Most regions in India are hot and dusty; therefore, bathing is necessary to get rid of body dirt and grime. Many ancient Hindu texts symbolically highlight the therapeutic significance of Snanam (bathing) and over centuries it has become a routine in daily life, public congregations and festivals like the Kumbha and Magha Mela near holy river banks.
Hinduism prescribes many kinds of Snanam.
- Nitya Snanam: Normal way of bathing daily while at home.
- Vaaruna Snanam: Normal bathing in warm or hot water.
- Malaharsha Snanam: Oil or herbal bath.
- Aagneya Snanam: After the normal bath, apply Viboothi (Holy ash offerings in Shiva Temples) all over the body continuously chanting the name in praise of the almighty Lord Shiva, “ॐ नमः शीवाय।।”
- Dhivya Snanam: When there is bright sunshine along good rain, saints take bath in the rainwater – a rare occurrence.
- Aatma Prokshana Snanam (when a person is unable to carry out Kriya & Kshetra Ganga Snanam due to any reason.): Taking some holy water from the auspicious river, pond or lake on one’s right palm and drinking it remembering Lord Vishnu also sprinkling it on the head one becomes pure as if bathing. This mantra supports this quick bathing method to purify oneself, while taking the name of Lord Vishnu.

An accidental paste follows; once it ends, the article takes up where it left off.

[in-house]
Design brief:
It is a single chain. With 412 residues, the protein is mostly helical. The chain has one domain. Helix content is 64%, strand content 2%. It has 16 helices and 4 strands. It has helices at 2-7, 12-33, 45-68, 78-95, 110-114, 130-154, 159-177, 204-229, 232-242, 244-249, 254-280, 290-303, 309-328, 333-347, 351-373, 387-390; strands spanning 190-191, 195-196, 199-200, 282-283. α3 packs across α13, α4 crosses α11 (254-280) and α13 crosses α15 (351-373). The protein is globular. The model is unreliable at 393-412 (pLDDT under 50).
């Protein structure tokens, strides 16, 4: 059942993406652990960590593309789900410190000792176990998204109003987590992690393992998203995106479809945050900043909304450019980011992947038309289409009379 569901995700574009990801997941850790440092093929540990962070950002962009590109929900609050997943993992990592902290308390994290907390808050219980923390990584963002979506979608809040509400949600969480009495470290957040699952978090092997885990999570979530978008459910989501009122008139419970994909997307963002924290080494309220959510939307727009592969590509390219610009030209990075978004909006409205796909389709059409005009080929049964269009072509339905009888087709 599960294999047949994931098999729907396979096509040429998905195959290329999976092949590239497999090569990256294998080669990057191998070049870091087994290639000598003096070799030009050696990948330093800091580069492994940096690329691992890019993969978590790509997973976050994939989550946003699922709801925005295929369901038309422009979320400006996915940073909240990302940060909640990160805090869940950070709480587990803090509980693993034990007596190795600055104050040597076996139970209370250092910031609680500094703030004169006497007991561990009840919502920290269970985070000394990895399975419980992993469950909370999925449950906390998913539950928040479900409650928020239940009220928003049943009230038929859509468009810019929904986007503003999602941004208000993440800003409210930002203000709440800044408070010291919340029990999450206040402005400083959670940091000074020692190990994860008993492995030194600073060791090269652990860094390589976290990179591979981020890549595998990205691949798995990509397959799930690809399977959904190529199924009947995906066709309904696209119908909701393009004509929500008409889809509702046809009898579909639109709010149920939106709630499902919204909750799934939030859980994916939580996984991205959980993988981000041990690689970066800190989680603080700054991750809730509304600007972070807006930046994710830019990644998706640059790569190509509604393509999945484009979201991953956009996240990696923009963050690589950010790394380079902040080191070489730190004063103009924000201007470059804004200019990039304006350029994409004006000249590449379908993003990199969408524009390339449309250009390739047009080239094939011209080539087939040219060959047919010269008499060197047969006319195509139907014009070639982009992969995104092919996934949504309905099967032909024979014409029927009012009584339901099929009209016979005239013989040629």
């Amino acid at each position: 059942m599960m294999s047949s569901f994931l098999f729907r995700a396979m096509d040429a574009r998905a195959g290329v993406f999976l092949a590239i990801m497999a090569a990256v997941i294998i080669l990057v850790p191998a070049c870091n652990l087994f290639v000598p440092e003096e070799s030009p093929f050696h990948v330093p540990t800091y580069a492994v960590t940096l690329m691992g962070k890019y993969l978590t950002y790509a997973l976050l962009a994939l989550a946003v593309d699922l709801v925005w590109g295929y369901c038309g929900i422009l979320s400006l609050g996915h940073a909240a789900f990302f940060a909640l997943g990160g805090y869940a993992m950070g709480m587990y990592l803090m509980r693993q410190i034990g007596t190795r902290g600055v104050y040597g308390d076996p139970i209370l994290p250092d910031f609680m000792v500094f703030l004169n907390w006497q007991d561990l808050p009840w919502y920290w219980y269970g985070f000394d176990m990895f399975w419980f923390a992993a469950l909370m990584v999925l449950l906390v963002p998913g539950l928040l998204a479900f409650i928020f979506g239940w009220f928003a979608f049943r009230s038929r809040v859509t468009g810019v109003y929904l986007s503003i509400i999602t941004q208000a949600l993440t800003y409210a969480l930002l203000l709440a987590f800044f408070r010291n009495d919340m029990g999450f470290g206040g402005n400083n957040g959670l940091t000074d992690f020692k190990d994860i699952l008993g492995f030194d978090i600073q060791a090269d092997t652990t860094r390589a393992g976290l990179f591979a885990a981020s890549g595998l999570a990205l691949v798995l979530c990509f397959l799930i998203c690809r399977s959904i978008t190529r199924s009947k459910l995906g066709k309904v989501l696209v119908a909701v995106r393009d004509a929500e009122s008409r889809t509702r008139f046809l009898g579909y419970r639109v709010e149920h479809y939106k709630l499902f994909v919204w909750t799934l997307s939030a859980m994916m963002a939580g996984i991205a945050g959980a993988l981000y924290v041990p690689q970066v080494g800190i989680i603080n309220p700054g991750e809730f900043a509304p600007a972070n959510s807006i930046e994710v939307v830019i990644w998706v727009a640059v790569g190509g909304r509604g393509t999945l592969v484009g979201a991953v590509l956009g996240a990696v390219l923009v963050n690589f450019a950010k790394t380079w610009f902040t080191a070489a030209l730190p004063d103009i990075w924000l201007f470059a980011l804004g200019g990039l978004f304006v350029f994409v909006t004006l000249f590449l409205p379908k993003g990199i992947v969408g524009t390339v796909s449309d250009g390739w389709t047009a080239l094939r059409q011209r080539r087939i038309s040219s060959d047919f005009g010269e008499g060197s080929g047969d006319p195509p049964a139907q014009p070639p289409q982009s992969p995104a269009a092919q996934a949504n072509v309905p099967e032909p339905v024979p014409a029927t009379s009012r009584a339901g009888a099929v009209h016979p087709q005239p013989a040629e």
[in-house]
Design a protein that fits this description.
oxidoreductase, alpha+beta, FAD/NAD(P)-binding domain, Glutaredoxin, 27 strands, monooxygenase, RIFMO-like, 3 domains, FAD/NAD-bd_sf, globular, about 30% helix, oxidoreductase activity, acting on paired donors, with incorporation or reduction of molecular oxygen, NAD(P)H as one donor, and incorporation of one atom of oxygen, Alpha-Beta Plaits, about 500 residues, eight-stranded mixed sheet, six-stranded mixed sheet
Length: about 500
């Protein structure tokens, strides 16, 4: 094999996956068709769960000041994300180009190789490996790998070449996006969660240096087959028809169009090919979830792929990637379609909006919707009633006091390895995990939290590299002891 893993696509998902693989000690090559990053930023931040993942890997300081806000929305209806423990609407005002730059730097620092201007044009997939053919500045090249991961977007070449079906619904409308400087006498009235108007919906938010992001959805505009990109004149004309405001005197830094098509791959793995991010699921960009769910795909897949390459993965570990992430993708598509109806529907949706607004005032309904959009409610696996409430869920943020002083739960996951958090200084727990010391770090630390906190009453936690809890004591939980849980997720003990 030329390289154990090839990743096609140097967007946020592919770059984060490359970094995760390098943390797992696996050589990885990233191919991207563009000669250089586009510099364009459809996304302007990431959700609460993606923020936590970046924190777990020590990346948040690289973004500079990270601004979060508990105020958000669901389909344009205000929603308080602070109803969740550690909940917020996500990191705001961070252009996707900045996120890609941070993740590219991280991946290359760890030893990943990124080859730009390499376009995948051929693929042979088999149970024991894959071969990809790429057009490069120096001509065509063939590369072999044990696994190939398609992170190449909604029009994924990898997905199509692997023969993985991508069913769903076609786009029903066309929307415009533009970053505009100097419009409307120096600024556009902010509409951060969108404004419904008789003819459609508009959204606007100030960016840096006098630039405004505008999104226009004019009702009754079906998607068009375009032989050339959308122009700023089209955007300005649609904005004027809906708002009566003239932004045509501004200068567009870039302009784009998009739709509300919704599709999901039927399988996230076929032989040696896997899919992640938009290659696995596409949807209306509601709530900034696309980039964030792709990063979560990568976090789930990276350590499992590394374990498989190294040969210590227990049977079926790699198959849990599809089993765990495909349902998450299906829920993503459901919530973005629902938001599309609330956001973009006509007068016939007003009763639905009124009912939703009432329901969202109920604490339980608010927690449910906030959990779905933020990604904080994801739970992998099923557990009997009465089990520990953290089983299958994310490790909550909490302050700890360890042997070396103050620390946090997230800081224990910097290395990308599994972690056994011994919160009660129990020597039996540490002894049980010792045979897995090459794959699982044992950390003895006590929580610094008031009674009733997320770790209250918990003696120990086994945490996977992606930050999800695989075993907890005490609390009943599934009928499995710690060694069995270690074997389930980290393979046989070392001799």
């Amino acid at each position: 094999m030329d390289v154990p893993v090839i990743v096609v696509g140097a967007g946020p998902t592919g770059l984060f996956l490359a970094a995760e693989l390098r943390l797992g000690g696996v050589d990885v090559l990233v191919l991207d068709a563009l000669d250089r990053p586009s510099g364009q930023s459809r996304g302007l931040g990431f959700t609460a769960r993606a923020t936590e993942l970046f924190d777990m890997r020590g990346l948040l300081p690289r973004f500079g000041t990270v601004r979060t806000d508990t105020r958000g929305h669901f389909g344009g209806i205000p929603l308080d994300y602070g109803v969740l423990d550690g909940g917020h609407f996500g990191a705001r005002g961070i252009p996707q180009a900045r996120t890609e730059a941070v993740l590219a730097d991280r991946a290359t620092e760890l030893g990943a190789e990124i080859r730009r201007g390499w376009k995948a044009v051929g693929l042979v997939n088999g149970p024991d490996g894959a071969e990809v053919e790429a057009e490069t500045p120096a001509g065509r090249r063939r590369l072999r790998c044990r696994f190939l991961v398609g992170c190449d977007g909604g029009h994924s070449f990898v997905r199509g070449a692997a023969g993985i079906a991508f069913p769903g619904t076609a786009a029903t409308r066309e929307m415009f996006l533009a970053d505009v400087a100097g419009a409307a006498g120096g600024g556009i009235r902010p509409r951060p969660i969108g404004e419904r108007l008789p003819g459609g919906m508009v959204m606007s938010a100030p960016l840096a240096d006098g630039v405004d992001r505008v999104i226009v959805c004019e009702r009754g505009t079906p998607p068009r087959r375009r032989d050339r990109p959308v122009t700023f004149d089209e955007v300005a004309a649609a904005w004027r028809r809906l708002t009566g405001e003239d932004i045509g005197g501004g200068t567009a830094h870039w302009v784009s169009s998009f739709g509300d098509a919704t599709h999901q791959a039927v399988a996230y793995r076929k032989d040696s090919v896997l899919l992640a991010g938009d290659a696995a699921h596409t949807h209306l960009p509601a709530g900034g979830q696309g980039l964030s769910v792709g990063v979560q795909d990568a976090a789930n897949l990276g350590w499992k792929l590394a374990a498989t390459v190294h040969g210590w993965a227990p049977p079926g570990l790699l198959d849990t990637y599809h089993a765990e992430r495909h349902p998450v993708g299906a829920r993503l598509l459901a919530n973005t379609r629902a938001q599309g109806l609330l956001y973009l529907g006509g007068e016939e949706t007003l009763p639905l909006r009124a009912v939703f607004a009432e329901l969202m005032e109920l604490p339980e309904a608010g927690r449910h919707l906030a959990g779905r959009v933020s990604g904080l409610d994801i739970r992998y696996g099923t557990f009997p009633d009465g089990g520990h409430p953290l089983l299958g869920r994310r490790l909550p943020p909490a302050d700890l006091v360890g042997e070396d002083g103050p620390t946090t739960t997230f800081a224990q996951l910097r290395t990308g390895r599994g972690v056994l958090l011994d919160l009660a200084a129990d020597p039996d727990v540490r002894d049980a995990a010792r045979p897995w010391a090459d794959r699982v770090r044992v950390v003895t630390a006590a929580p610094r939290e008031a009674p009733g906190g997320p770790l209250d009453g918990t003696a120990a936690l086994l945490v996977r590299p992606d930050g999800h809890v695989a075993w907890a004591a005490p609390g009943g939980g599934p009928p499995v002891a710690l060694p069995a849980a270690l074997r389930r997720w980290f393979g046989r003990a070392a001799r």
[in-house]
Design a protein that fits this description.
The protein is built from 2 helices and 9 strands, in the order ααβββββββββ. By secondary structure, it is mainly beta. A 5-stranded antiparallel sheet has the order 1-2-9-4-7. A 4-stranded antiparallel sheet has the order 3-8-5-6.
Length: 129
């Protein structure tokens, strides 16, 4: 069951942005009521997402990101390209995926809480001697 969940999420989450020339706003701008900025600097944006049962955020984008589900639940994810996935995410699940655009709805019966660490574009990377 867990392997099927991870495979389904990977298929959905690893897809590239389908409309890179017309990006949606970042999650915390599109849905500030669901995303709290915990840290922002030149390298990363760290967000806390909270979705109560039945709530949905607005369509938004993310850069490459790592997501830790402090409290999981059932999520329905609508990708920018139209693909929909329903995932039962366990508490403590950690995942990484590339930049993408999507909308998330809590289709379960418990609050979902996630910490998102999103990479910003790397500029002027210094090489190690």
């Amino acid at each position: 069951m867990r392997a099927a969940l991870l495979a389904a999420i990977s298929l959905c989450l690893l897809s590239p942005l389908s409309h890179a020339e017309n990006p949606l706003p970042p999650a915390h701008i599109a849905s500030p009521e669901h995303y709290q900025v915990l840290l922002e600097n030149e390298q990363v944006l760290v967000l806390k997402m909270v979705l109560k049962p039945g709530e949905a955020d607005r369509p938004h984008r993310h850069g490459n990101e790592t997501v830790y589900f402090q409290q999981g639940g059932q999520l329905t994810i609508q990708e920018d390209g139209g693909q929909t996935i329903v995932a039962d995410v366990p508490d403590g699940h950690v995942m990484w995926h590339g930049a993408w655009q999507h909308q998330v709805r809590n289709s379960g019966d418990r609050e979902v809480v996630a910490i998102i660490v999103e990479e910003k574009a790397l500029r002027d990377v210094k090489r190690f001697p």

- Naimithiga Snanam: Taking a bath before, during and after an Eclipse (Lunar/Solar) or after taking part in any untoward incidence like funeral.
- Vaaya Veeya Snanam: For specific purposes. Bathe by feeling the wind when the Cow’s tail is swinging. This acts as a remedy for certain bad Omens.
WHY BATHING IN THE MORNING IS IMPORTANT
Bathing at the Brahmamuhurt or dawn is ideal, even today though it is inconvenient for most people. Alternately, bathing as early as possible after sunrise is preferable instead of bathing late in the afternoon. During morning hours, the atmosphere is full of positive Sattvik waves (Apa-tattva) that touch the physical body and freshly bathed is very sensitive to the absorption of waves from the atmosphere. Rajasik-Tamasik waves predominate the atmosphere in the afternoon and during bathing the body absorbs these negative waves making only the externally body clean even though the body continues to remain unclean internally.
In the morning Sattvik waves are high in the physical and subtle human bodies. Bathing increases it further and retains it for a longer period. However, at night Tamasik predominant waves are high and by bathing Sattvik in the physical and subtle bodies increases to a lower extent and retains for a shorter time. Individuals benefit to a lesser extent on bathing at night, compared to morning and therefore bathing in the morning is preferable.
According to Kurma Purana, without an early morning bath, a person remains impure, unfit for performing civilized daily activities. Sick persons alone can avoid bathing. Eating food without having a bath is as good as eating filth because the food is as impure as the person is. The Padma Purana states that anyone who does not have a morning bath is a sinner fit to suffer.